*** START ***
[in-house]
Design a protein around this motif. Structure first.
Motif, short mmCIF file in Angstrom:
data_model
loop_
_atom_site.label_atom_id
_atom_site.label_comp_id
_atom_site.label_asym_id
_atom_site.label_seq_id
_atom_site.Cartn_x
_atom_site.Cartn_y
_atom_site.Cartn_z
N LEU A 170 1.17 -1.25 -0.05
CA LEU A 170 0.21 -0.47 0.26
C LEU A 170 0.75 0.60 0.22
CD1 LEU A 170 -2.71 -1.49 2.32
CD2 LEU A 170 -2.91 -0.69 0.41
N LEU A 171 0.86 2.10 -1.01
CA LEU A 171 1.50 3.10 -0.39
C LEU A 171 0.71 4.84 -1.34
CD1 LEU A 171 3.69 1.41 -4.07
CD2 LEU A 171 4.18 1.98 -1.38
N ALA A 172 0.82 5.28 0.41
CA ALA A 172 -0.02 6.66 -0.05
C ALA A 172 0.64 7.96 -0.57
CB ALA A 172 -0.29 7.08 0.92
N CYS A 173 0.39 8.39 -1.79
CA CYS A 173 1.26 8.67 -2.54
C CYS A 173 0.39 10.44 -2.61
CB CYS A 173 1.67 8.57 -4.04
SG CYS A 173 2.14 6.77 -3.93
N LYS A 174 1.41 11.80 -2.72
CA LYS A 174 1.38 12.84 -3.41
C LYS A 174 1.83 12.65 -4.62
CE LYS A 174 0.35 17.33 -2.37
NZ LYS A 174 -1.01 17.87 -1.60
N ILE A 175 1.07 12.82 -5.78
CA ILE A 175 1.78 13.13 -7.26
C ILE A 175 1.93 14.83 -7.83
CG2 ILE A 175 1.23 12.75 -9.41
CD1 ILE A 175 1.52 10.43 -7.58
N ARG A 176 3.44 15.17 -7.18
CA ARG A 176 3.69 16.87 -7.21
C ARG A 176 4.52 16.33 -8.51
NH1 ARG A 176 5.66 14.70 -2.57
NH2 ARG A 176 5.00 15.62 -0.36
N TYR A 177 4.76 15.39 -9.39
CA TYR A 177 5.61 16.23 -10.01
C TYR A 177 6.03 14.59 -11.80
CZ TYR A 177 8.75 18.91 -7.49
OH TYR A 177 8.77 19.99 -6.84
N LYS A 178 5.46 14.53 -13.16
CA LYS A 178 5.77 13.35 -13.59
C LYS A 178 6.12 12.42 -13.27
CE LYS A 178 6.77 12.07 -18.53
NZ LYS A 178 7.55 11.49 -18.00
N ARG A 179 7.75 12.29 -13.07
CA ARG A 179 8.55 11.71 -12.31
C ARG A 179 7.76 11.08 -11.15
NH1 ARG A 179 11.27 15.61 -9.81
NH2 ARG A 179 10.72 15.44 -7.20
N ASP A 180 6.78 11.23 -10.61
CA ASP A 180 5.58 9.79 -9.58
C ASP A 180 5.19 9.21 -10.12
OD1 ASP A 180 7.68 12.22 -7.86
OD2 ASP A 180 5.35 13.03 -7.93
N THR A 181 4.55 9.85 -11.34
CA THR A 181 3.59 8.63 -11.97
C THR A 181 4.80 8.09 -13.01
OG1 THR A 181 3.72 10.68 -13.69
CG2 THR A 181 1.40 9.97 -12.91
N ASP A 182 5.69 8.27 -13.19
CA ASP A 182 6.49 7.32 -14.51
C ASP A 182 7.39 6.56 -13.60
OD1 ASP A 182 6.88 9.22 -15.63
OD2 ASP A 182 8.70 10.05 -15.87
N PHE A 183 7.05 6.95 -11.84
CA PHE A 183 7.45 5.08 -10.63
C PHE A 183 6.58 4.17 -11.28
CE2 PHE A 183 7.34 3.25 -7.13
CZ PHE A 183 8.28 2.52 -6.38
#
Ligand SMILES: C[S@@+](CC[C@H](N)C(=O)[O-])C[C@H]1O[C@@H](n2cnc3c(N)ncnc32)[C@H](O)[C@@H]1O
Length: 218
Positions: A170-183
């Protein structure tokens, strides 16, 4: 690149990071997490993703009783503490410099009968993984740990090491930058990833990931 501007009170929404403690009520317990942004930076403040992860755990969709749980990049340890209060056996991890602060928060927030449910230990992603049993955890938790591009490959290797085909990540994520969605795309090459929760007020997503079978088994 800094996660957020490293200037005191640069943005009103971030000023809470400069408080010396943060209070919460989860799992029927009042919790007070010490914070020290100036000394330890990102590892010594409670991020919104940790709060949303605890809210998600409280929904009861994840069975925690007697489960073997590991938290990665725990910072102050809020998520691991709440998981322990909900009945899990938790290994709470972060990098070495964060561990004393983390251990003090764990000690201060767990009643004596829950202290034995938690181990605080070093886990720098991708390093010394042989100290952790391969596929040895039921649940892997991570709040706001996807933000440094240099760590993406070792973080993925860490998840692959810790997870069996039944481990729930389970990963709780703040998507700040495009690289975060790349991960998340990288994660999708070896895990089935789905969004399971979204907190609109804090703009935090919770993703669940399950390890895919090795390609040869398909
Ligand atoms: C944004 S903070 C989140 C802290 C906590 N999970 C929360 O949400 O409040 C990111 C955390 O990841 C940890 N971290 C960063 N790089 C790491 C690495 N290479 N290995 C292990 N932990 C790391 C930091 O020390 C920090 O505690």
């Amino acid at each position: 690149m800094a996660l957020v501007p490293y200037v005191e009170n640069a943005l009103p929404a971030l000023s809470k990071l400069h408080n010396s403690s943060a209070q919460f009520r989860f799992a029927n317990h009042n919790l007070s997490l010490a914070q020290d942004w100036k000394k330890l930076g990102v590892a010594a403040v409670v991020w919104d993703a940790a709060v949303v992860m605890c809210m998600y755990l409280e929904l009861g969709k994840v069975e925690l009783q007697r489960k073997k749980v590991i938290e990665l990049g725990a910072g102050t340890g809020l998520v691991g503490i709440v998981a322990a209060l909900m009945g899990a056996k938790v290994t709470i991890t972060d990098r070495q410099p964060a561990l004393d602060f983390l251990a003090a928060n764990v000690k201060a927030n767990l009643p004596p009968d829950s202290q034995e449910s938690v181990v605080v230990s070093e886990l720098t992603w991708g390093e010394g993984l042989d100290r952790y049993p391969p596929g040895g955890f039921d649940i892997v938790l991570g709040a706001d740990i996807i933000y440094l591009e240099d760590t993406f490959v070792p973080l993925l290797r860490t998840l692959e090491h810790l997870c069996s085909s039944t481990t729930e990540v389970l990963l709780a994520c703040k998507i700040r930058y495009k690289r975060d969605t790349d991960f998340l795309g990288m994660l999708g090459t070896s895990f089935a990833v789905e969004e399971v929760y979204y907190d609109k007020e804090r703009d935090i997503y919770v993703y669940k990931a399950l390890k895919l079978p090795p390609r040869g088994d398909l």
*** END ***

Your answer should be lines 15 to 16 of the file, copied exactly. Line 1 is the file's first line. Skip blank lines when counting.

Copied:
C LEU A 170 0.75 0.60 0.22
CD1 LEU A 170 -2.71 -1.49 2.32